The Works of the Rev. Jonathan Swift/Volume 17/Artemisia

ARTEMISIA.

THOUGH Artemisia talks, by fits,
Of councils, classicks, fathers, wits;
Reads Malbranche, Boyle, and Locke:
Yet in some things, methinks, she fails;
'Twere well, if she would pare her nails,
And wear a cleaner smock.

Haughty and huge as High Dutch bride;
Such nastiness, and so much pride,
Are oddly join'd by fate:
On her large squab you find her spread,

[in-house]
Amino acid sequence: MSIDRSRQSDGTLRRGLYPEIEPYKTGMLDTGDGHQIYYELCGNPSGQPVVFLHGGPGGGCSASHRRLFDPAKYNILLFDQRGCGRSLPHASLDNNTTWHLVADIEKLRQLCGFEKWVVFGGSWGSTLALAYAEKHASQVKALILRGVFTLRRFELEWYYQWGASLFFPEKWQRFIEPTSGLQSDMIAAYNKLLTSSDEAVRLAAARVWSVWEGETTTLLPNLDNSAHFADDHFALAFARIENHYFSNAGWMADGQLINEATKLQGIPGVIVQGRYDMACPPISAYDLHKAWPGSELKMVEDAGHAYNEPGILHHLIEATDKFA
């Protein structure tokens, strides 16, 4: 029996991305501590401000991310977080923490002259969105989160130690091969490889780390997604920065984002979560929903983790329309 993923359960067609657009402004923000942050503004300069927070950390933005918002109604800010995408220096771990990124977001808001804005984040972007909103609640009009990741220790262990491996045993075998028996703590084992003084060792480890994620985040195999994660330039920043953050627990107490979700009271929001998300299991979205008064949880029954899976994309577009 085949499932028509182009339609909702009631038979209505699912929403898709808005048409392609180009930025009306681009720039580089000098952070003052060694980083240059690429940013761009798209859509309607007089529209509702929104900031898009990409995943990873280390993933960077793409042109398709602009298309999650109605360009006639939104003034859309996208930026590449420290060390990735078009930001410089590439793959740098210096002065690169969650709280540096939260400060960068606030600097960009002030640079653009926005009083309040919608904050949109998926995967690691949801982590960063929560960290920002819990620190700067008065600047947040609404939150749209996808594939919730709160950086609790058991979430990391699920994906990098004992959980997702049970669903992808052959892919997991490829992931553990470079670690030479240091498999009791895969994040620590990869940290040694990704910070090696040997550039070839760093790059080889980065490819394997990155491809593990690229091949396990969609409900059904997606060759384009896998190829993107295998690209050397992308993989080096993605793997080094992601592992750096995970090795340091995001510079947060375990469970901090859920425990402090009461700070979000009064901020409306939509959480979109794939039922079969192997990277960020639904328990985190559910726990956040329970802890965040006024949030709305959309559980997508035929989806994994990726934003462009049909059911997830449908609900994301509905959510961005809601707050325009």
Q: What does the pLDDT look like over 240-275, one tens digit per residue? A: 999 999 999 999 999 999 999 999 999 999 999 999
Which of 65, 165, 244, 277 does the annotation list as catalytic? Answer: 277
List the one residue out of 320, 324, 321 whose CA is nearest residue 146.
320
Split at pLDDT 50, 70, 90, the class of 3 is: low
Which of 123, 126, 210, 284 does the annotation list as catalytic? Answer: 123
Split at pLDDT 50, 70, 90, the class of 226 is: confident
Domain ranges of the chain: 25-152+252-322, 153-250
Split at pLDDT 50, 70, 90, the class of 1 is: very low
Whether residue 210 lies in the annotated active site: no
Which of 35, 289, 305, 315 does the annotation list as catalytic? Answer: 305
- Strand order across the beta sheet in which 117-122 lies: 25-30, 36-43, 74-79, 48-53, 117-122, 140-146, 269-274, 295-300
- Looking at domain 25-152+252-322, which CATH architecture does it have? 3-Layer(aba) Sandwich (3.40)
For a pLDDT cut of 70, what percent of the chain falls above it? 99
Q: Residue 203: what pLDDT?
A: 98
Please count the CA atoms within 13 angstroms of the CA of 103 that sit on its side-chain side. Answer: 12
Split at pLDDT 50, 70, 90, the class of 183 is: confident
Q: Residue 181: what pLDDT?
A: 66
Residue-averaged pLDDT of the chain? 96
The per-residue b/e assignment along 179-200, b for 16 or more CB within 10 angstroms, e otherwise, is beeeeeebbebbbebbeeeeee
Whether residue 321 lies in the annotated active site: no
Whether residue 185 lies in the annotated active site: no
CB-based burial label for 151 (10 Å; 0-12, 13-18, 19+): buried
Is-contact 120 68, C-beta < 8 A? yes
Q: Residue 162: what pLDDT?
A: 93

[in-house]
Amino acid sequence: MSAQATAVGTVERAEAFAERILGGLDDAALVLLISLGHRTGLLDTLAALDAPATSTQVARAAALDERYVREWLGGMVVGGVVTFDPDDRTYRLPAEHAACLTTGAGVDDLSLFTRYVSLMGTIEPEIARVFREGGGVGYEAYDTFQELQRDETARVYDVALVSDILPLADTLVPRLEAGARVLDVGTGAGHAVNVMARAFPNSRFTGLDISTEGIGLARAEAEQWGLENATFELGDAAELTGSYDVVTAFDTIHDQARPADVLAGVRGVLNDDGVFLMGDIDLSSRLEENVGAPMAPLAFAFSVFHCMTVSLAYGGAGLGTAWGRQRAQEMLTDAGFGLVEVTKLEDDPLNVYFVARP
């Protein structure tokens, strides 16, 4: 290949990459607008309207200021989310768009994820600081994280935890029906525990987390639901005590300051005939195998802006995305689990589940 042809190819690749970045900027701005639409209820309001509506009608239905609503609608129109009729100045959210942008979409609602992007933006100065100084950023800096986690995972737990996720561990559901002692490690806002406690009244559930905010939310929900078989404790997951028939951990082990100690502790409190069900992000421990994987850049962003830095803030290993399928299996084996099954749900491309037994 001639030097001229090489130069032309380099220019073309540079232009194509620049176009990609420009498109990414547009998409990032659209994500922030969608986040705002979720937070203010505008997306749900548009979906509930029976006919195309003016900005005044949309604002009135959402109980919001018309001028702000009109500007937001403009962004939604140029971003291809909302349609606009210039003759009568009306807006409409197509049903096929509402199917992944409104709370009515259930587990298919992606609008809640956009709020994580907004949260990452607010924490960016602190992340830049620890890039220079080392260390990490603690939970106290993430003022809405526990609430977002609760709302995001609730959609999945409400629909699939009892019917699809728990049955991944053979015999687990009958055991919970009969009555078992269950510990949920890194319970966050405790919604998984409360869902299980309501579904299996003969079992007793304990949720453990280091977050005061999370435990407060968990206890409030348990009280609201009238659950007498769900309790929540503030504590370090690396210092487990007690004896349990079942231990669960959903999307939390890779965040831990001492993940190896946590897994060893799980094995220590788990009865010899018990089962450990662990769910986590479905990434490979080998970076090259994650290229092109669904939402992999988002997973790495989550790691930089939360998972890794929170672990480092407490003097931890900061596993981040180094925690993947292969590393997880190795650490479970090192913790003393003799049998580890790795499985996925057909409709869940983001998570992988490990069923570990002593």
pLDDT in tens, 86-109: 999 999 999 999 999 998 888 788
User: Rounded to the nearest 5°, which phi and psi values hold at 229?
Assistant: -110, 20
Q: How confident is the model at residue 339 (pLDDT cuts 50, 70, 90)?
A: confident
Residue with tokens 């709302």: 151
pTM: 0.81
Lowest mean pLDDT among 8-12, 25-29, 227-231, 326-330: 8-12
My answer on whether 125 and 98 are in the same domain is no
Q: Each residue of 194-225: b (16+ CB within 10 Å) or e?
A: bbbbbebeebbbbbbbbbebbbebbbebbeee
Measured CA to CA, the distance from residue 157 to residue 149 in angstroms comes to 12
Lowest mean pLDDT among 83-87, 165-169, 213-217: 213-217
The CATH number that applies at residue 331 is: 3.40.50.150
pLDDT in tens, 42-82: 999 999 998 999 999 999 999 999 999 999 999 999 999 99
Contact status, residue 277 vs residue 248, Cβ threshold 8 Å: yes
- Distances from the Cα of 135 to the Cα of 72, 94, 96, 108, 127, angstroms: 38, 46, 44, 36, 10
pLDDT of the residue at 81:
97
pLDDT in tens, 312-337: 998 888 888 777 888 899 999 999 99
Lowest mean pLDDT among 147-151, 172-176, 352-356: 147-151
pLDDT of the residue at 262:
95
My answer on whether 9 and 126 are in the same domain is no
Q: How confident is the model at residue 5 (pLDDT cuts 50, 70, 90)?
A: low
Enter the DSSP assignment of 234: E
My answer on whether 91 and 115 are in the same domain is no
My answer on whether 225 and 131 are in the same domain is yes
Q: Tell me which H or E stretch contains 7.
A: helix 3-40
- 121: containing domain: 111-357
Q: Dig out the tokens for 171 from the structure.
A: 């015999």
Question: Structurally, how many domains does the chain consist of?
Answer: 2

Like a fate corpse upon a bed,
That lies and stinks in state.

She wears no colours (sign of grace)
On any part except her face;
All white and black beside:
Dauntless her look, her gesture proud,
Her voice theatrically loud,
And masculine her stride.

So have I seen, in black and white,
A prating thing, a magpie hight,
Majestically stalk;
A stately, worthless animal,
That plies the tongue, and wags the tail,
All flutter, pride, and talk.